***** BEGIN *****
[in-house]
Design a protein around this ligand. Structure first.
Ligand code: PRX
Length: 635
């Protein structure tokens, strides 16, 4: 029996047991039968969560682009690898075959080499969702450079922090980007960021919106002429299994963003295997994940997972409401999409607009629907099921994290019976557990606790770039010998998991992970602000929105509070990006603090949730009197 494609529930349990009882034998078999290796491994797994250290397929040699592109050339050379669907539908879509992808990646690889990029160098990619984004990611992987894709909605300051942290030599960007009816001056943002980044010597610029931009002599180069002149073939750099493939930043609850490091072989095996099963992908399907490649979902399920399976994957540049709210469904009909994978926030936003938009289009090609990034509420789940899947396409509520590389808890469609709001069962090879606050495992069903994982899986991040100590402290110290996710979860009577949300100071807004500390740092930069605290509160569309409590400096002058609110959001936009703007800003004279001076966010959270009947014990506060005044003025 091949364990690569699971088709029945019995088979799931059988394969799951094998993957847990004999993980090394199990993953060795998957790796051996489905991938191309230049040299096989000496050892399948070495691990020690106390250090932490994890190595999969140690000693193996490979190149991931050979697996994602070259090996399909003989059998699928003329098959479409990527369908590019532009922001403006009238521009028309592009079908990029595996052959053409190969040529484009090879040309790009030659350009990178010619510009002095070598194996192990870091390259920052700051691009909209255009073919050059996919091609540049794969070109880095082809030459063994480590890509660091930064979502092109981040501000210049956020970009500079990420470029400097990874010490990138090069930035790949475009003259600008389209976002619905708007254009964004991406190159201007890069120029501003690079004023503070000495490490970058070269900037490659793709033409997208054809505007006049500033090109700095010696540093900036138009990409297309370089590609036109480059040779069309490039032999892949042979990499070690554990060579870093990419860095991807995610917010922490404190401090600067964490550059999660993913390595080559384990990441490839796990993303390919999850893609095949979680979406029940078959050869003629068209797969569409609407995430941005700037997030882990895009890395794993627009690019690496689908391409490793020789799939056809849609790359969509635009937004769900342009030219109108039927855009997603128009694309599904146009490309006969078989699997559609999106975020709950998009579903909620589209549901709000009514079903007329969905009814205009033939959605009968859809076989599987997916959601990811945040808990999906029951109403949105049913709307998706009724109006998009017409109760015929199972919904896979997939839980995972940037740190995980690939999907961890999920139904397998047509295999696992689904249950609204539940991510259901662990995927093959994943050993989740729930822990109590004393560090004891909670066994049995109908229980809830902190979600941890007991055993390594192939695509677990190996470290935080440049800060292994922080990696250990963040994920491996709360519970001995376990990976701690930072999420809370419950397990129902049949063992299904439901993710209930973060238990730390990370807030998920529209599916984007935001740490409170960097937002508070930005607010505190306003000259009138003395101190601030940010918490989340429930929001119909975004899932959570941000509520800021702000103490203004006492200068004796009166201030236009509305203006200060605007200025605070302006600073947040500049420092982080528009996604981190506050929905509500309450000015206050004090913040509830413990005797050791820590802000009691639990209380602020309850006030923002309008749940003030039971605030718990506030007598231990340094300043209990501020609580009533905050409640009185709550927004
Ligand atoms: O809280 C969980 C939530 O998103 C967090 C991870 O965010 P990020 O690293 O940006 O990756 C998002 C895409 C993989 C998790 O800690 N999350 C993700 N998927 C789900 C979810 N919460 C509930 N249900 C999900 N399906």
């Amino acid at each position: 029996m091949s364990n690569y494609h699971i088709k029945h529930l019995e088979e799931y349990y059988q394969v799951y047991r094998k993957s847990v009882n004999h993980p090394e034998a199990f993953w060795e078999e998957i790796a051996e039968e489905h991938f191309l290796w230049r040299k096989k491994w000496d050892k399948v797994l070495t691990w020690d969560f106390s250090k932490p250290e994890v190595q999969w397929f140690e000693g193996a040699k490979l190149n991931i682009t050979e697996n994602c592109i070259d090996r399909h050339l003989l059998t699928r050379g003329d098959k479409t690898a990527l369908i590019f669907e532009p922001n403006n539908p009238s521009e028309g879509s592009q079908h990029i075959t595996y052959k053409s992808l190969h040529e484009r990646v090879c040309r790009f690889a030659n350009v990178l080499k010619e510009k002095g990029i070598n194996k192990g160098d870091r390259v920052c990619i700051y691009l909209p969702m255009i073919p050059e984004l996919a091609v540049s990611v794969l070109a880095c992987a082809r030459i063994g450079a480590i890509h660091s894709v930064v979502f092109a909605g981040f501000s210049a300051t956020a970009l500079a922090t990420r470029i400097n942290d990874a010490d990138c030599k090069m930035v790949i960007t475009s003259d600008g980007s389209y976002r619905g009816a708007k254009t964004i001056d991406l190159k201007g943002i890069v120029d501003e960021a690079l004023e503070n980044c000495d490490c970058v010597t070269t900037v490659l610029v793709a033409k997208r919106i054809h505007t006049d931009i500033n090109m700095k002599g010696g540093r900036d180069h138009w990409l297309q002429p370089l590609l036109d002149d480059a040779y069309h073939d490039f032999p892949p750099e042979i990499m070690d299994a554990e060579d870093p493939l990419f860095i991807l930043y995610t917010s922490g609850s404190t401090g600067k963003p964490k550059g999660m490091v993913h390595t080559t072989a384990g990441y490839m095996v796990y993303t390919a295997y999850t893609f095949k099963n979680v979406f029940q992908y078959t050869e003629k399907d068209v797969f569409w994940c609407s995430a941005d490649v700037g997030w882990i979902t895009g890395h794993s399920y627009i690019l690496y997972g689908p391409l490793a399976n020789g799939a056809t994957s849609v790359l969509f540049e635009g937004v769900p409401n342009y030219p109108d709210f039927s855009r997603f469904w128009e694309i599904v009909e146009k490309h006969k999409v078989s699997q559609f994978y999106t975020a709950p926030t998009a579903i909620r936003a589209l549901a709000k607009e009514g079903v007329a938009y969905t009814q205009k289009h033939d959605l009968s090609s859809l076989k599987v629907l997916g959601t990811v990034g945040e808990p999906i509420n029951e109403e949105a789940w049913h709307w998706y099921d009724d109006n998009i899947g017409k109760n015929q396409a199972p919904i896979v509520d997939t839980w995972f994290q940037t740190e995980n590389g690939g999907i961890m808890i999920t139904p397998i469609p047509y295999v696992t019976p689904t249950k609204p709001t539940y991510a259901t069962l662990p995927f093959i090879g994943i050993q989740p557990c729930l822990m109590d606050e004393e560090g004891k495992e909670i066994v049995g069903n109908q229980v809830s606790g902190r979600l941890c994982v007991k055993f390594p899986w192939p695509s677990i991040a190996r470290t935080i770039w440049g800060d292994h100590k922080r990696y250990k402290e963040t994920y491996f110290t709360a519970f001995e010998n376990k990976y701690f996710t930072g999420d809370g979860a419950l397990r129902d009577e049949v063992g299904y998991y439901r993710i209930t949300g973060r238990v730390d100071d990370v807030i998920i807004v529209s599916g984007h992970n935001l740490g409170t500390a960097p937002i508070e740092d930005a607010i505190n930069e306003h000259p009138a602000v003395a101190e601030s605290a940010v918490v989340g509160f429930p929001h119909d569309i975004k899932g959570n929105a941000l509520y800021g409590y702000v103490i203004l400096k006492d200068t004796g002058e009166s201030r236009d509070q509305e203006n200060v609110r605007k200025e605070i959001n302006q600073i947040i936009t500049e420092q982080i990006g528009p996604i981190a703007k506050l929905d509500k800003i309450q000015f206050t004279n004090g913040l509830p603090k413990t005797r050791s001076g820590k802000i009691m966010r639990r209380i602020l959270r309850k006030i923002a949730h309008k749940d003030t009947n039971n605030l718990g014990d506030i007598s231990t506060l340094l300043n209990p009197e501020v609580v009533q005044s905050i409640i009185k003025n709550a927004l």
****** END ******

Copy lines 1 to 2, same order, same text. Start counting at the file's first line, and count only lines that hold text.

[in-house]
Design a protein around this ligand. Structure first.